Breeding success with Red-faced Lovebird

Notices from 2018, 2019 and 2020

Notice of 31.03.2018: News from the winter breeding season 2017/18

A pair of Western Red-faced Lovebirds, also known as Red-headed Lovebird, the nominate species (Agapornis pullarius pullarius). The male on the left and the female on the right.

The 2017/18 winter breeding season is drawing to a close, and for the 3rd year in a row it has been possible for me to get offspring of the Western Red-faced Lovebird (Agapornis p. pullarius), which, among other things, due to its very special breeding biology, by many aviculturists is considered the perhaps the most difficult parrot species to breed in human care. At the same time, there is a high mortality among the chicks and juvenile birds, but with each successful breeding history, the experience of handling this in many contexts fragile, but fantastically beautiful representative of the African Lovebird genus (Agapornis) increases. This season’s breedings have also taken place within the framework of the Danish Parrot Conservation Initiative (DPCI), which aims to target and systematically work with the conservation of selected parrot species that are either rare in the wild, or are rare in human care, as they only are found in a small number among aviculturists and thus are vulnerable. This year's offspring, like the offspring of previous seasons, are included in the strain of birds that DPCI is building to establish the Red-headed Lovebird as a regular breeding bird in a Danish context.

Notice of 06.01.2019: 2nd generation breeding of the Western Red-faced Lovebird

A newly fledged chick of Western Red-faced Lovebird (Agapornis pullarius pullarius). A female bird.

The 2018/19 breeding season for my Western Red-faced Lovebirds (Agapornis p. pullarius) is not over yet, but it can already be stated that it is the most successful breeding season so far in the last 4 years ago since I back in 2015/16 for the first time managed to breed this species. Every year since then I have raised viable young of this species, but this season has gone even better. Under the auspices of DPCI (Danish Parrot Conservation Initiative (see separate article about DPCI elsewhere on this time I succeeded in breeding the Red-headed Lovebird in the 2nd generation of 2 different unrelated pairs, which I myself have previously bred. In other words, it is my own young that are now included in my stock of breeding pairs alongside the already established breeding pairs. It is notorious that chicks of the Red-headed Lovebird are generally very vulnerable, especially in the days immediately after the chicks have hatched and in the first months after the chicks have flown from the nest. Based on my several years of work with this species, it is unfortunately also my experience that you cannot be sure that the young birds will survive until they have passed their first year of life.

Co-founder and member of the steering committee for DPCI, Jytte Jensen, states: "2. generation's breeding of the Red-faced Lovebird, even by 2 different pairs at the same time, must be considered a unique milestone in the efforts to establish this difficult-to-manage Agapornis species in the Danish aviculture, and it testifies to the long-term perspective and the commitment, which DPCI is purposefully working towards in terms of breeding selected rare/endangered parrot species”.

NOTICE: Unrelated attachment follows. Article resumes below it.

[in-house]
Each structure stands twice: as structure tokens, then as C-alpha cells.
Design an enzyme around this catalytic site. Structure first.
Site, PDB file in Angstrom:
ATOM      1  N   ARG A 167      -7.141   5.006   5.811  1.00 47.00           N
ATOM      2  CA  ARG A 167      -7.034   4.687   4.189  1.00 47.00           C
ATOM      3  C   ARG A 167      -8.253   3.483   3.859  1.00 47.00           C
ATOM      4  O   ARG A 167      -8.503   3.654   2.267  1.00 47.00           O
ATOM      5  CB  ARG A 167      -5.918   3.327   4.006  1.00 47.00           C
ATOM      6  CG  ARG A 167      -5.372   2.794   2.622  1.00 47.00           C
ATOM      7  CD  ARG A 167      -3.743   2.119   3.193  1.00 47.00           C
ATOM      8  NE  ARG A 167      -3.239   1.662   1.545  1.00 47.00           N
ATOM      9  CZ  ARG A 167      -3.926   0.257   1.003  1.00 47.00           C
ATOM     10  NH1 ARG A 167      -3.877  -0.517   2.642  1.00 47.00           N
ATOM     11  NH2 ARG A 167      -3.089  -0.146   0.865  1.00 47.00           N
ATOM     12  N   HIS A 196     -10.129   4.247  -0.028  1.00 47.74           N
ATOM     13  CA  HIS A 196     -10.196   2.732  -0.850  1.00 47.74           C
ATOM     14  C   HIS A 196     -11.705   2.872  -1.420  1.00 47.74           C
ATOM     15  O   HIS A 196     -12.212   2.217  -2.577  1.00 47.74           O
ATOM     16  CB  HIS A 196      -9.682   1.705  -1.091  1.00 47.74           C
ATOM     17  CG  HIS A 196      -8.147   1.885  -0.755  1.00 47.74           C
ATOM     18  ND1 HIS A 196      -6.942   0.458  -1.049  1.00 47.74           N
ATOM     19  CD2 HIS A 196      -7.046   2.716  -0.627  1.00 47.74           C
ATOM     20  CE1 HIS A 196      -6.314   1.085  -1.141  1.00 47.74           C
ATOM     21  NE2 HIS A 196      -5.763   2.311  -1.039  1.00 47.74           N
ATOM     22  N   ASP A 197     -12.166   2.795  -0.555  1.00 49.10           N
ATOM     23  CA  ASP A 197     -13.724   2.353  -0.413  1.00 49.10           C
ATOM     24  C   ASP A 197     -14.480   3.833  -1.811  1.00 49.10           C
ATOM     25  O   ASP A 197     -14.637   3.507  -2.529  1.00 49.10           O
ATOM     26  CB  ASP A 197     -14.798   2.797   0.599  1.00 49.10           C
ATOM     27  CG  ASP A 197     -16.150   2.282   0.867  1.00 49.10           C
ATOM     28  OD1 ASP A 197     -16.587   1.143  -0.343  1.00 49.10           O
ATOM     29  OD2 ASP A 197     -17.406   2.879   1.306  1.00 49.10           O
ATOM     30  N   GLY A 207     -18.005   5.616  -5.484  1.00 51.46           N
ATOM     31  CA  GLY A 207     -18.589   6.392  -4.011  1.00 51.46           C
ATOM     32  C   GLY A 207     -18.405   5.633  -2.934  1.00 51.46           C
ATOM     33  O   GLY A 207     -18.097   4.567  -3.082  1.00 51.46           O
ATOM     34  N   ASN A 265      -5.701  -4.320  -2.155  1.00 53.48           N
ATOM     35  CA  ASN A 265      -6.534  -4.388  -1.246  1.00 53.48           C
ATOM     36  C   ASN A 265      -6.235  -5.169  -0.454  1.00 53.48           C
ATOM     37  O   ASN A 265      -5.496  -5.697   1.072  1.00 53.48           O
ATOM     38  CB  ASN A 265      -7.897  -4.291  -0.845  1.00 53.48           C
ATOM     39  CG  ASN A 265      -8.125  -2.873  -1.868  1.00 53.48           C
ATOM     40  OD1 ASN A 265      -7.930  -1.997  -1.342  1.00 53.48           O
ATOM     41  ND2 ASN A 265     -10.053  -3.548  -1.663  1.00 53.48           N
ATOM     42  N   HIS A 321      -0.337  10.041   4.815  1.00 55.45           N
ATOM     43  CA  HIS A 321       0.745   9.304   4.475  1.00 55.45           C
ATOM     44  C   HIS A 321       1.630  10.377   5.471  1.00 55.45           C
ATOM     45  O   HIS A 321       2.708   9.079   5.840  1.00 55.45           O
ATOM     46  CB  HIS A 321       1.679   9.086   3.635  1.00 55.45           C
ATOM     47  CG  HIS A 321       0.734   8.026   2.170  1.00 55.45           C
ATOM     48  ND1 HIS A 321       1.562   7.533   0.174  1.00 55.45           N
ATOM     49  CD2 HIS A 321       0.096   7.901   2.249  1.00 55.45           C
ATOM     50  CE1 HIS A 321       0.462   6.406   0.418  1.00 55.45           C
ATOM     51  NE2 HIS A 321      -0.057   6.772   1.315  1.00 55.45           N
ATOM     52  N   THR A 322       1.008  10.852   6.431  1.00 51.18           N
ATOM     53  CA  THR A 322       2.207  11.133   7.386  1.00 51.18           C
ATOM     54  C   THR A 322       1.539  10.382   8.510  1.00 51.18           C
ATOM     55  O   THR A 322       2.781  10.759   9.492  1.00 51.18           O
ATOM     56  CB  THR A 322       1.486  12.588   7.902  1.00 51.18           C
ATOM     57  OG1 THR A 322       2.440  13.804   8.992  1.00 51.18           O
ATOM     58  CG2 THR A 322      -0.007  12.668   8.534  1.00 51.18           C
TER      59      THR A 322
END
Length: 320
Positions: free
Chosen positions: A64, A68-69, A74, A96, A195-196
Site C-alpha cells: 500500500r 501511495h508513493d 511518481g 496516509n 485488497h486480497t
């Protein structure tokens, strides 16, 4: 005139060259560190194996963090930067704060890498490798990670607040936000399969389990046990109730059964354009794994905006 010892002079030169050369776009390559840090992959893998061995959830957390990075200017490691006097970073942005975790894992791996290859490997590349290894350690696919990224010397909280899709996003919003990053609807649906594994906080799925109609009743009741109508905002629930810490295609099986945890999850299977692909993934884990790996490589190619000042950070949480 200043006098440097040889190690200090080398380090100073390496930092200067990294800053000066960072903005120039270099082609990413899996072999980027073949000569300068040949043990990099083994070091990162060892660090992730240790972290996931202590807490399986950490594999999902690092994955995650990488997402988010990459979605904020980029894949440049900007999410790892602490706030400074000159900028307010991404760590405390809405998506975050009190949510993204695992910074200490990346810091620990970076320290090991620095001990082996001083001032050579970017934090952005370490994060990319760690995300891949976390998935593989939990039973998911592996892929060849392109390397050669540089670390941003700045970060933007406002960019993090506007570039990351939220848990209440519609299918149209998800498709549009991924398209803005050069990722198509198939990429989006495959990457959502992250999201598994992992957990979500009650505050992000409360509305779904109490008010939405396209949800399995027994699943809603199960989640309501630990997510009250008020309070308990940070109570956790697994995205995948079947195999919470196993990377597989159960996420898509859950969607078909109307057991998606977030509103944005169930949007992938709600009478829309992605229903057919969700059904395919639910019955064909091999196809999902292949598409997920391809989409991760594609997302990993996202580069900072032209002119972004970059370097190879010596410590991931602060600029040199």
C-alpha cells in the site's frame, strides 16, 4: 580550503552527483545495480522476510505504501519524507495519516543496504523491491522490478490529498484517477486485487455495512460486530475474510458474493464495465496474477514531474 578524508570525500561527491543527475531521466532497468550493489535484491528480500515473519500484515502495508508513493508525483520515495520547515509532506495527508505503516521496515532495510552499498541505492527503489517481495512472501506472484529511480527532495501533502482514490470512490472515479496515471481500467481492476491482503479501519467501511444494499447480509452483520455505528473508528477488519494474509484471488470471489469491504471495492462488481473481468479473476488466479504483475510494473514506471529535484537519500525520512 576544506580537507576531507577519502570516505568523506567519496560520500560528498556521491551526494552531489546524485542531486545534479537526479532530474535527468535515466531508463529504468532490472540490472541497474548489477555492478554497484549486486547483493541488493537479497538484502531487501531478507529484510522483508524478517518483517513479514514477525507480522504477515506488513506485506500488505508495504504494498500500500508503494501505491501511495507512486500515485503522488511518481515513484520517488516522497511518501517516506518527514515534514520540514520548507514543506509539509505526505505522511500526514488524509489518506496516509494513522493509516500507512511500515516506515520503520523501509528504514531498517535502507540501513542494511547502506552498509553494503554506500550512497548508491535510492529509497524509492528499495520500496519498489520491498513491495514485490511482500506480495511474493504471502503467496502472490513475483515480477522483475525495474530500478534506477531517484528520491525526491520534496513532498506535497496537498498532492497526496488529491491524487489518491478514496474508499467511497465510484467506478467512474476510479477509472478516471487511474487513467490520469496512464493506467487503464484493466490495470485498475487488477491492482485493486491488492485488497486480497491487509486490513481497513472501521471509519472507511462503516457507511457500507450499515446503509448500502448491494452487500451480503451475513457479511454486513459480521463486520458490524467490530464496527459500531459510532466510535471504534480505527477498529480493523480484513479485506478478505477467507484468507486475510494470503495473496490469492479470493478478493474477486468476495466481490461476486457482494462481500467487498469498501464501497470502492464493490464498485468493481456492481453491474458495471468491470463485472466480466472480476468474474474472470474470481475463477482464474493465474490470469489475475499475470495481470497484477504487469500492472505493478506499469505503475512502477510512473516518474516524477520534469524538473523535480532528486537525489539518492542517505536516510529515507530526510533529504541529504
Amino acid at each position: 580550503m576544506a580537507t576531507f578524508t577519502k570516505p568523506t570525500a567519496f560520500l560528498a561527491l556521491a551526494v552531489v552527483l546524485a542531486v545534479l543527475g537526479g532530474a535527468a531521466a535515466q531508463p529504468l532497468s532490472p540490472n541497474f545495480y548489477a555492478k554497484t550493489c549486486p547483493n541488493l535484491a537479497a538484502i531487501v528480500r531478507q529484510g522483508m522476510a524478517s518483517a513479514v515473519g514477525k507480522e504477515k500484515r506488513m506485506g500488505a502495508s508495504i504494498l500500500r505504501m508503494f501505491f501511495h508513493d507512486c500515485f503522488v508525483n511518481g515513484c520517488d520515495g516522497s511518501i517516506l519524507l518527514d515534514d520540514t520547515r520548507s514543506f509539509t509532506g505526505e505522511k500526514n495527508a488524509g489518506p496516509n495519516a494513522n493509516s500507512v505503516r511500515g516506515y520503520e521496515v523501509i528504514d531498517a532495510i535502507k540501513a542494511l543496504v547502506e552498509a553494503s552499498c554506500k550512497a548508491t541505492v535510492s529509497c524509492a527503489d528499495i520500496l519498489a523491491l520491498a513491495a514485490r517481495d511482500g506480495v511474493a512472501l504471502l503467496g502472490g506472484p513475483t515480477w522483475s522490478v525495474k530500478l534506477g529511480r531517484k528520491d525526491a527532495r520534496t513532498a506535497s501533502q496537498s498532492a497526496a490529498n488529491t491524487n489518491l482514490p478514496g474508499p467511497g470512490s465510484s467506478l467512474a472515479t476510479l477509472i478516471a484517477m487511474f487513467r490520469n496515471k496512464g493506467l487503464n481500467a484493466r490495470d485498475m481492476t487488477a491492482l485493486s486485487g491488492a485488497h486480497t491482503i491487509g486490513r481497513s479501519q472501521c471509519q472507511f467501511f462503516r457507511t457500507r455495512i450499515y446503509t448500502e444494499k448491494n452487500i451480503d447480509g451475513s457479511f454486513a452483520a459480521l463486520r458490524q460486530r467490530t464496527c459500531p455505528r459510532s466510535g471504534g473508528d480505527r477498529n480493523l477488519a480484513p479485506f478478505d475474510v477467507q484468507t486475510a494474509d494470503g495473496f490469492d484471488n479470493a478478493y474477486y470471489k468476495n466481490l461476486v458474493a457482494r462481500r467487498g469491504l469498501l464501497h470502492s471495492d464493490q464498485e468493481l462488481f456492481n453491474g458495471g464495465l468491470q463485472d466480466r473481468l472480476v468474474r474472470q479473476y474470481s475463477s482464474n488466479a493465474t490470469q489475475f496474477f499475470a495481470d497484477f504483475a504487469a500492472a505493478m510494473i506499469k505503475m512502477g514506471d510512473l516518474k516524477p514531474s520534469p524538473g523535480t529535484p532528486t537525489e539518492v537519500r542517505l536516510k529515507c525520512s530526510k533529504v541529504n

Year by year I learn more and more about this species, which has very special requirements for successful breeding. So, it is a learning process over time, which means that fateful choices and mistakes can be minimized, so that as many young as possible can be caught during a breeding season.

It is emphasized that DPCI works exclusively with natural regeneration of rare and endangered parrots under protected conditions, as it helps to ensure the natural instincts of the offspring and thus has the possibility of long-term survival, since the young birds from the start of their lives thus, among other things, is equipped with the parent birds' natural immune system.

One of the young from the current breeding season can be seen in the photo above.

Notice of 29.01.2020: For the 5th year in a row, successful breeding of Western Red-faced Lovebird

Newly fledged chicks of Western Red-faced Lovebirds (Agapornis pullarius pullarius)

a total of 3 together with their parents. Note the worn plumage of the mother bird, which often occurs when she spends several weeks digging a tunnel and nest chamber in the cork material placed in the nest box.

For the fifth year in a row, I have succeeded in breeding young Western Red-faced Lovebirds (Agapornis pullarius pullarius). This small film clip shows one of my breeding pairs with its 3 chicks from this breeding season (2019/2020). The plumage of both parent birds, especially the female bird, is worn and has become almost brownish after both birds have spent several weeks in a nest chamber, to which they gain access via a long tunnel, which the female bird in particular has gnawed through cork.

Outside the breeding season, both parents are perfect in their plumage. You have to be extremely patient when working with this, the most beautiful Agapornis species. It is thus an expression of a targeted and long-term effort, which now gives me success year after year in breeding this parrot species, which has a very special breeding biology.

It is a wonderful sight to see the parents with their 3 perfect and vital cubs. In order to achieve a successful breeding result, it is extremely important that the birds are completely calm during the breeding season. Among other things, you must not disturb the birds with too much cleaning during the breeding period; this is one of the reasons why you can still see fig remains on the perch, as my breeding pairs consume large quantities of figs while raising their young.


Jorgen Petersen

Conceived/Updated: 31.03.2018 / 15.01.2024